Sunday, 20 October 2013

Speyside virginity lost

More or less. Having 'done' Islay as well as the south from Glenkinchie to Bladnoch and the southern and eastern Highlands, my experience of Speyside whisky in its own domain has been pretty fleeting. So, a trip to Speyside for the autumn break beckoned and it didn't disappoint. Even better, the Scottish autumn was glorious.

The road north from Perth through Blairgowrie and Braemar on the way to Srath Spè is a stunning highway to the north. For a whisky geek the only thing that can better the autumnal trees of Perthshire is the glut of well-kent names on the map as you approach Tomintoul.

Speyside sheep block the road to Allt a' Bhainne.
With our but'n'ben sitting in Glen Rinnes, the first distillery encountered was the auld timer of Tamnavulin in the hamlet of Tomnavulin. To the locals a generation or two back, it was Toman a' Mhuilinn - the little hillock of the mill. Unfortunately to whisky travellers, the sign in English said 'closed to visitors'. Despite this, seeing the source of a famous Scottish whisky, in the flesh so to speak, still gives the whisky geek a wee thrill. It's probably like train-spotting. Within a few miles of the house, we had the aforementioned Tamnavulin, Braeval (or Braes of Glenlivet as it was), Glenlivet, Allt a' Bhainne, Tomintoul, Benrinnes and Glenallachie. Cragganmore, Glenfarclas and the whisky metropolis that is Dufftown were only slightly further afield.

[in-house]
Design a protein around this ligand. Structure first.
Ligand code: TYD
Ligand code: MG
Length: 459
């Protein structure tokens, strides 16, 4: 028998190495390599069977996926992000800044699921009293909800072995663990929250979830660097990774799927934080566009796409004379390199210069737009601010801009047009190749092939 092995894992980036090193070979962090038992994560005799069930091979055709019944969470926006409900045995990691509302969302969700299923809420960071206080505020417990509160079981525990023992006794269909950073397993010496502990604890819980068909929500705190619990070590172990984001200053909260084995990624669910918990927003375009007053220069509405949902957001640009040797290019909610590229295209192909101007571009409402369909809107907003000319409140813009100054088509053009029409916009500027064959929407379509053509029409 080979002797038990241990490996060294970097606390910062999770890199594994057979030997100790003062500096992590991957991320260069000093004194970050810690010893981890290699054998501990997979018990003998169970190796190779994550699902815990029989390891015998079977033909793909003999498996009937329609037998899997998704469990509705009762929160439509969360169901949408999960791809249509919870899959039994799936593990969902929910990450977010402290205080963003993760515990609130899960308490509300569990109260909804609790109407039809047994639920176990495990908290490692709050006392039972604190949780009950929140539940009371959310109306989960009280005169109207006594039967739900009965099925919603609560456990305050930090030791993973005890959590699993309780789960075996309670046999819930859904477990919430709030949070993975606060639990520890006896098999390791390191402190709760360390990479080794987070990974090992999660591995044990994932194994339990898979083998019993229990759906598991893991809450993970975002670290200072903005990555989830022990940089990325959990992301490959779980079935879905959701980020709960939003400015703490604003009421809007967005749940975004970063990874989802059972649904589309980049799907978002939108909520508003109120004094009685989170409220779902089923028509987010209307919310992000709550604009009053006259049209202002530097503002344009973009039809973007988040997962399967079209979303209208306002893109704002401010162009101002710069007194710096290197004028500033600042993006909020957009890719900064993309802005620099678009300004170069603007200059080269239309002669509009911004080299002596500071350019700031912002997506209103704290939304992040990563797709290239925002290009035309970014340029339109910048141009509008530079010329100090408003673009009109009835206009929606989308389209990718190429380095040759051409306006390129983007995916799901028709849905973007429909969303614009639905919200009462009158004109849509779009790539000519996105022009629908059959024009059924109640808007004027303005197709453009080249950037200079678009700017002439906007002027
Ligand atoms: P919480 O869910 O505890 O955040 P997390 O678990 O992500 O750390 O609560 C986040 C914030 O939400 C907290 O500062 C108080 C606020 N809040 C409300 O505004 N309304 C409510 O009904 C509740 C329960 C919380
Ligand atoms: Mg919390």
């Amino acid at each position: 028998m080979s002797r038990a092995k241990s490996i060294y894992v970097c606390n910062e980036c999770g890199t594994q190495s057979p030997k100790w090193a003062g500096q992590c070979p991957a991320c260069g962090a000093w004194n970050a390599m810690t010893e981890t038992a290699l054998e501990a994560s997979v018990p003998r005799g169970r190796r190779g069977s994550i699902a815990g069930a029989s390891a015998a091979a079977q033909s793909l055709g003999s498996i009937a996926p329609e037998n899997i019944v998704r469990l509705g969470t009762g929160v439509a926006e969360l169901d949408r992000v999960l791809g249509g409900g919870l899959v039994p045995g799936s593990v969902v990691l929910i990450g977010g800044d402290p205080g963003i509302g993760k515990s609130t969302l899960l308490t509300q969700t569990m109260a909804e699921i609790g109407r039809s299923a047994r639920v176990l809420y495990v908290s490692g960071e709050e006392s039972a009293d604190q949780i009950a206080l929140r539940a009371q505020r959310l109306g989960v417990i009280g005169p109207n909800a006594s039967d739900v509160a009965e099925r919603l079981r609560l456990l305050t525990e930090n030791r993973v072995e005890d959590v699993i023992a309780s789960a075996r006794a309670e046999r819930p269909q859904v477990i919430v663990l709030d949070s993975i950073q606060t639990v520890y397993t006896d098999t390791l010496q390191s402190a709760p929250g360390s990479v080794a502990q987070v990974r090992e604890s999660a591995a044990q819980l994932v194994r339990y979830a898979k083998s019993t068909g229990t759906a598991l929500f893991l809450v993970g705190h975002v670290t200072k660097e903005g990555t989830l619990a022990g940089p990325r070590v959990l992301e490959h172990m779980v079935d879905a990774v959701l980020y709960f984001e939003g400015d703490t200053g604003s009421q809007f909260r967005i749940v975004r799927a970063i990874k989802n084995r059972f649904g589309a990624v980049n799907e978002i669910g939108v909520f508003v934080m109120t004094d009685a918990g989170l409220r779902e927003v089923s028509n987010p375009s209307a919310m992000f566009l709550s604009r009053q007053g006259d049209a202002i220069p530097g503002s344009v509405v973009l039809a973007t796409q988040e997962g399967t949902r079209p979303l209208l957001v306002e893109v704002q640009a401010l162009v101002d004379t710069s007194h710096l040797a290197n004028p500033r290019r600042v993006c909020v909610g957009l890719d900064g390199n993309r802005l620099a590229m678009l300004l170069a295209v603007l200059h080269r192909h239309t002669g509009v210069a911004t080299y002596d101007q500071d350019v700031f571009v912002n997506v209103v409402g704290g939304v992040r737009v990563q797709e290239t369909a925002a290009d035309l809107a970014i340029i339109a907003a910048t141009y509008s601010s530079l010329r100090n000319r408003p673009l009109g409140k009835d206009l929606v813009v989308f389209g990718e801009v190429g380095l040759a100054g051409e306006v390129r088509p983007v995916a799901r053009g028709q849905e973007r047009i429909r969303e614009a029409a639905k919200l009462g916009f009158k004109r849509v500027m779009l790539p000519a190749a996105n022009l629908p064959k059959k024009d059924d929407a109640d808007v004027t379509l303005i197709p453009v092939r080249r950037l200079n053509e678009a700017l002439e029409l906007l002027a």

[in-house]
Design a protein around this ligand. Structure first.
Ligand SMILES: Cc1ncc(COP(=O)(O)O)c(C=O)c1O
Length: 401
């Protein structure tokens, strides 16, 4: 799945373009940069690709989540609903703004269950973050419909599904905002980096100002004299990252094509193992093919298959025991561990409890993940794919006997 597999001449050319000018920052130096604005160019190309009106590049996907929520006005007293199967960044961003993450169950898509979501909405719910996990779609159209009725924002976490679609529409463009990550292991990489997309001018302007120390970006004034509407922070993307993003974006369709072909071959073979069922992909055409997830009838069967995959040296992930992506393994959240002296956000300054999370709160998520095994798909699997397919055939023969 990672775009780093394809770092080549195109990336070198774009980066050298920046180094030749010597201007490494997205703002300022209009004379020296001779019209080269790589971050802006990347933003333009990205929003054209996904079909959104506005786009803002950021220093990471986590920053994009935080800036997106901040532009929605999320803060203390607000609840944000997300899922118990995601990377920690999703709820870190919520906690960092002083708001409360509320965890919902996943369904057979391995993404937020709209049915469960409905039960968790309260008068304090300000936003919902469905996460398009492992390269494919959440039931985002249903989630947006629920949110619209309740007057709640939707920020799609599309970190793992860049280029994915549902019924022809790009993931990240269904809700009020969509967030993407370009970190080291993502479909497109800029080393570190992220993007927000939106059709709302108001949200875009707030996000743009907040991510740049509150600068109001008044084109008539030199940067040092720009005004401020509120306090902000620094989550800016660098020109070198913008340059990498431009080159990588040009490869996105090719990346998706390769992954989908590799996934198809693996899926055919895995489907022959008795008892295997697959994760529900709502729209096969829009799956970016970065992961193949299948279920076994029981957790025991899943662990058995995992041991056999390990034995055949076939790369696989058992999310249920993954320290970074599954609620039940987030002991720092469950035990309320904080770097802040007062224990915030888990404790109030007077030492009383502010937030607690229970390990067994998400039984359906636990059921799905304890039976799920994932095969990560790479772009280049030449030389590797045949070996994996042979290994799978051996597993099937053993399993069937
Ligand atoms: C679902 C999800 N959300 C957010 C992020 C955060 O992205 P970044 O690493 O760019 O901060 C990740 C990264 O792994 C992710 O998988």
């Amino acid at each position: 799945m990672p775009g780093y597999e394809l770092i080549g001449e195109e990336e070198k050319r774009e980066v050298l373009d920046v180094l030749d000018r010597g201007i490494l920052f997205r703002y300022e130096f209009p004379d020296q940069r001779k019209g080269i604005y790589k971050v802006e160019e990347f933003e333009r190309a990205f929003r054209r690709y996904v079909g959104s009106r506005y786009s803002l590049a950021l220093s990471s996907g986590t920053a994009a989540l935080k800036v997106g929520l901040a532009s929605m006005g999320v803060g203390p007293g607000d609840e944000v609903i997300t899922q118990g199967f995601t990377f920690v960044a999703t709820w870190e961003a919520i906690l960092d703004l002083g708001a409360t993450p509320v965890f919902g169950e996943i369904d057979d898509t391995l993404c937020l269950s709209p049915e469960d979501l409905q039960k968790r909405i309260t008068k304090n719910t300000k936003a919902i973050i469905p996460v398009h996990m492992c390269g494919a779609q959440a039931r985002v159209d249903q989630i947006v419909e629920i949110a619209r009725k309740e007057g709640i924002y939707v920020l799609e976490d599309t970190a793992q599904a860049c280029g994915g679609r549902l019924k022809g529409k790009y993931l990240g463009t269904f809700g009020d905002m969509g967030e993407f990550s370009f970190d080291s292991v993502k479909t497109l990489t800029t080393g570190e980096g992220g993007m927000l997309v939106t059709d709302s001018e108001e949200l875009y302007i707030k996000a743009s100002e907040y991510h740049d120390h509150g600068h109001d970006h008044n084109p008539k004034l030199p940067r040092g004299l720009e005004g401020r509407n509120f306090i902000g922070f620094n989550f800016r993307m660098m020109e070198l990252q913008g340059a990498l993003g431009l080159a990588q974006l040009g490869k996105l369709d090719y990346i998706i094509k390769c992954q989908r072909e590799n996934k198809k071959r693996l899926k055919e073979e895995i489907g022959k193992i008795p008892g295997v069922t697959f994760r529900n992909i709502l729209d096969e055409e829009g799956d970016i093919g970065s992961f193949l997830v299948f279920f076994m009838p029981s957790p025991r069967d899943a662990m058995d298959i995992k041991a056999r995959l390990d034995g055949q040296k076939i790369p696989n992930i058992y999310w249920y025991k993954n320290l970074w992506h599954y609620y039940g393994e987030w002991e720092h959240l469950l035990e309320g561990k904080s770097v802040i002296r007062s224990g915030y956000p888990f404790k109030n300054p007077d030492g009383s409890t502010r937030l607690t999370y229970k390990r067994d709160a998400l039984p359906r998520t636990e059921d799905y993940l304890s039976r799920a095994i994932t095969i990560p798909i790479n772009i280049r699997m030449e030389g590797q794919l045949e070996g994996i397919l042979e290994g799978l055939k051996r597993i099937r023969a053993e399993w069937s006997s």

As we soon found out, this a feature of travel around Speyside. Especially if you take some of the back roads. Distilleries seem to loom up every few minutes.

Despite most lying in 'hidden' glens it is difficult to find much romance about many of them. Most are simply factories with the kind of architecture you'd expect from factories that were built or re-built in recent decades. For every Strathisla there's an Allt a' Bhainne and Aultmore.

What counts though is the welcome, the experience and the liquid.

First stop for a tour was the famed Aberlour. As the Founder's Tour was all booked, I had to settle for the Aberlour Experience. As experiences go, it's not a bad one. Indeed, for a standard tour it is worth the £12.50. Having been rebuilt after a fire as well as modified and enlarged, the architecture is a bit grim save for one or two buildings of the old 'vernacular' which are more pleasing to the eye. We get a glimpse inside one of the warehouses but that's as far as it goes.

The tasting though is excellent. 6 drams including a decent measure of new-make spirit. We also get the two single-cask cask-strength drams that are available for bottle your own - these are both 16yo with one first-fill bourbon and one sherry. The bourbon has a nose that I could caress all day - the taste and finish don't reach such heights though. The sherry is an all-round stoater. It is purchased and comes with its very own whisky coffin. The 12yo French release at 43% is like juice in comparison. The 16yo follows before we finish with the mighty A' Bunadh.

The next day sees us leave one distillery that is very much alive to encounter two that are in different stages of death-rebirth or even a zombie-like purgatory.

1 comment:

Schottlandreisen said...

Surprised to discover the beauty of Speyside at last! I only thought of it as mildly interesting - now I changed my mind...